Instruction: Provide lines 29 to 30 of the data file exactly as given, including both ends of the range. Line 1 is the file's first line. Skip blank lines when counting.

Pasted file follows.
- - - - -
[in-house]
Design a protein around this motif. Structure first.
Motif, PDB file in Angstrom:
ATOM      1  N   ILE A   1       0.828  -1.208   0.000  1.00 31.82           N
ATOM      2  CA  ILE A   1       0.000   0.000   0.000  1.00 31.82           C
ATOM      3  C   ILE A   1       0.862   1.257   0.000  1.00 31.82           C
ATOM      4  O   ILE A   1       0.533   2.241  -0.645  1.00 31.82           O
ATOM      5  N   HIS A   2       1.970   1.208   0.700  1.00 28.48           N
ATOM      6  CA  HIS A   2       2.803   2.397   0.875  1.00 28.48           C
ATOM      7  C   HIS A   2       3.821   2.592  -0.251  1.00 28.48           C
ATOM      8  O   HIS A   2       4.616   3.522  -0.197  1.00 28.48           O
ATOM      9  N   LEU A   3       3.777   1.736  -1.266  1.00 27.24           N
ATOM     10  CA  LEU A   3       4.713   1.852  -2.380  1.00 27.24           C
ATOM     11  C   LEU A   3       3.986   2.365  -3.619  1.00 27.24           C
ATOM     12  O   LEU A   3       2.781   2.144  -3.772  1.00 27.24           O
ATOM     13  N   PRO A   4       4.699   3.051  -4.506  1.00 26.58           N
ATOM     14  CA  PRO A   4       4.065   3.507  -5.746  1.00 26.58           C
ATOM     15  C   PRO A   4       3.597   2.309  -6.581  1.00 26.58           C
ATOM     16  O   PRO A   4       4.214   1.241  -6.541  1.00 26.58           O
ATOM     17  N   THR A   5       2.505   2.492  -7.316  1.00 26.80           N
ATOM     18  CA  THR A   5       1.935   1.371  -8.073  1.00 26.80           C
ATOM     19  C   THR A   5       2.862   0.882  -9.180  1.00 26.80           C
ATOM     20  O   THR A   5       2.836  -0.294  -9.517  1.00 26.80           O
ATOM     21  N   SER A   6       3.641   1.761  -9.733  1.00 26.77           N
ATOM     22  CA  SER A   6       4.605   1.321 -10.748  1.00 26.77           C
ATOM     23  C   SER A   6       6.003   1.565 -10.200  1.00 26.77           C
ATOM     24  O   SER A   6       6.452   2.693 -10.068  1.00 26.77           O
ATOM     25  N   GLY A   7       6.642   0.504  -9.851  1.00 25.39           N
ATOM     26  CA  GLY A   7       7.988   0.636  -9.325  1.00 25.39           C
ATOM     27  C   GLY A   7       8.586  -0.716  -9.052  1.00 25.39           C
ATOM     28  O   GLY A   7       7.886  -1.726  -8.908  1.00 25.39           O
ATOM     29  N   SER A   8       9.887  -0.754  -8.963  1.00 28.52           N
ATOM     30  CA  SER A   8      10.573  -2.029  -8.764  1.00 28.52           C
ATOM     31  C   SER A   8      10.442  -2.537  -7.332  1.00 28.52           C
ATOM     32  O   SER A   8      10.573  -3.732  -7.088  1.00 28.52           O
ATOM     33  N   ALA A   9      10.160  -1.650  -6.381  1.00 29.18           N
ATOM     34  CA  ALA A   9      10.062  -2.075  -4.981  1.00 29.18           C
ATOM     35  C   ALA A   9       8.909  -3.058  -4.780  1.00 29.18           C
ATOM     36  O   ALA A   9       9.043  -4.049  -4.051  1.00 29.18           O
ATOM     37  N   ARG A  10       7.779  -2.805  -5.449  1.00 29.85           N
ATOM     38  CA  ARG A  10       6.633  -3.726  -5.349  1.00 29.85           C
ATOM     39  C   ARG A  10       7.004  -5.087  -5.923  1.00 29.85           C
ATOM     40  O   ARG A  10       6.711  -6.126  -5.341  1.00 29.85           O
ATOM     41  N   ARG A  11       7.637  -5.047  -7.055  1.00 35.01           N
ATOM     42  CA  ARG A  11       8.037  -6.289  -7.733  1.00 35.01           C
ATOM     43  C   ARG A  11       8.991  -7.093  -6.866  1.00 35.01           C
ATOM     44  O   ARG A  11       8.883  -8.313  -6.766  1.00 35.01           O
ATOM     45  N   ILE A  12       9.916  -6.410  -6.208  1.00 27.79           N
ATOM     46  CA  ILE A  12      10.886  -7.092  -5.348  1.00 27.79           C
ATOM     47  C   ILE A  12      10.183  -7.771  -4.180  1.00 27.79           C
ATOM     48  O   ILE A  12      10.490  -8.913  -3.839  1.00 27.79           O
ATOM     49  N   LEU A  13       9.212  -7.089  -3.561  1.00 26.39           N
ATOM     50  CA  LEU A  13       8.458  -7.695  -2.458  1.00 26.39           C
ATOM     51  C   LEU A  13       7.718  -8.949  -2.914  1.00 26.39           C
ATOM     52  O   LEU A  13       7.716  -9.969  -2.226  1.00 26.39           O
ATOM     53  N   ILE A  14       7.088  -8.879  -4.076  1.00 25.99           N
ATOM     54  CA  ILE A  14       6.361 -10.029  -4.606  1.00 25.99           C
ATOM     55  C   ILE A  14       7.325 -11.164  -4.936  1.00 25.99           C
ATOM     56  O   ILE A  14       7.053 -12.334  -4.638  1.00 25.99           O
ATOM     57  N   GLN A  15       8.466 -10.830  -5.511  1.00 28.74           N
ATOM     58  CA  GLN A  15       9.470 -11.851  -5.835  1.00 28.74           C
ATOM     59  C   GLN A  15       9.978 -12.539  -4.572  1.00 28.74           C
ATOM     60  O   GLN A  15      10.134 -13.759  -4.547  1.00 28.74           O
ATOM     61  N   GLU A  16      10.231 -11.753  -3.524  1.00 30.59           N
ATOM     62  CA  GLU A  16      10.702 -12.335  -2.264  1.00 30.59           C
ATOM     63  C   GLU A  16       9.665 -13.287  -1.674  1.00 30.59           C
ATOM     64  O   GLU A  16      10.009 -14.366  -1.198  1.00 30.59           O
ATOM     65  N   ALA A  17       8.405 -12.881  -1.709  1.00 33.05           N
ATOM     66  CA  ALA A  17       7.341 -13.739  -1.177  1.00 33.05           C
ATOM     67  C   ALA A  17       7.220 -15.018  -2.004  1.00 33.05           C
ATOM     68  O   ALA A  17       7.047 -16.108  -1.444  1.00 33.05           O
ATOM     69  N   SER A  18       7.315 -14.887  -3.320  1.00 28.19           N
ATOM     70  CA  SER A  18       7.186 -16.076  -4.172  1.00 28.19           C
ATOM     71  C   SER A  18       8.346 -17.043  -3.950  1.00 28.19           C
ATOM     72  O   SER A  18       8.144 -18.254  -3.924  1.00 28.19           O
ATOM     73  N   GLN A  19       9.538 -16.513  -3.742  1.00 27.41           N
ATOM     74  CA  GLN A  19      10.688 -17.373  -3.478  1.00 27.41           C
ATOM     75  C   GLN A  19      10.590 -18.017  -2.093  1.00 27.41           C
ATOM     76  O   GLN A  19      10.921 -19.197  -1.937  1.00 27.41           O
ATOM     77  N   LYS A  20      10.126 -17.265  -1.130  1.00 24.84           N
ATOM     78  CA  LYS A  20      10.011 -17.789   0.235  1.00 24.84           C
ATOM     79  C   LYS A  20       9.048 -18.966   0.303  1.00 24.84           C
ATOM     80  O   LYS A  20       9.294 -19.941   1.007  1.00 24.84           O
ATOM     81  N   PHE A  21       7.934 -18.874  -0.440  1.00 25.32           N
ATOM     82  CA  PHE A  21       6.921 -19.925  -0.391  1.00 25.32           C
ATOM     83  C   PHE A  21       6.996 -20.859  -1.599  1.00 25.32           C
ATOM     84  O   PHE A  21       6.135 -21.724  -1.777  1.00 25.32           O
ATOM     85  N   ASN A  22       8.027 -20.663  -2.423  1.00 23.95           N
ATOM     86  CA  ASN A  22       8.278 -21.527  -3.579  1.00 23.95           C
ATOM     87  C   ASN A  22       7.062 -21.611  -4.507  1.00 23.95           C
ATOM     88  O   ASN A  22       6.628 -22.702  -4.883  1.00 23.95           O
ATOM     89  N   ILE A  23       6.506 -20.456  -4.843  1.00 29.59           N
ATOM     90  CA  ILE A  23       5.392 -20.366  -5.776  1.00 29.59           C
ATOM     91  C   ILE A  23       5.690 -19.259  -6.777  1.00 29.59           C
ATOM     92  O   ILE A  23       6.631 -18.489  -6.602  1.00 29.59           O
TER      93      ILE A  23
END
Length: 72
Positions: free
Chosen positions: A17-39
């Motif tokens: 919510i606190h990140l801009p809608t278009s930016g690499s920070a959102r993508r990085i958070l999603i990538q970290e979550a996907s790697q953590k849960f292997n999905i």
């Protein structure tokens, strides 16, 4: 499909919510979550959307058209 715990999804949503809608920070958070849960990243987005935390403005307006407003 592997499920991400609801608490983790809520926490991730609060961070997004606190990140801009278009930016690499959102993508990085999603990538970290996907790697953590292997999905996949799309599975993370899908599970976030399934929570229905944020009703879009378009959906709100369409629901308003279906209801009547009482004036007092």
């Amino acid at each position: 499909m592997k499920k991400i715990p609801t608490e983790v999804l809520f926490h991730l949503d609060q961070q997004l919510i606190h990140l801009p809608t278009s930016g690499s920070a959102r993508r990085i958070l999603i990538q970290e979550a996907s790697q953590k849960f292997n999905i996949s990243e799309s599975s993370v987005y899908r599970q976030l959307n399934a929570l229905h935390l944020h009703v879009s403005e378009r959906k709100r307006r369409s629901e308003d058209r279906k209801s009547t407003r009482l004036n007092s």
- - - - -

ATOM     26  CA  GLY A   7       7.988   0.636  -9.325  1.00 25.39           C
ATOM     27  C   GLY A   7       8.586  -0.716  -9.052  1.00 25.39           C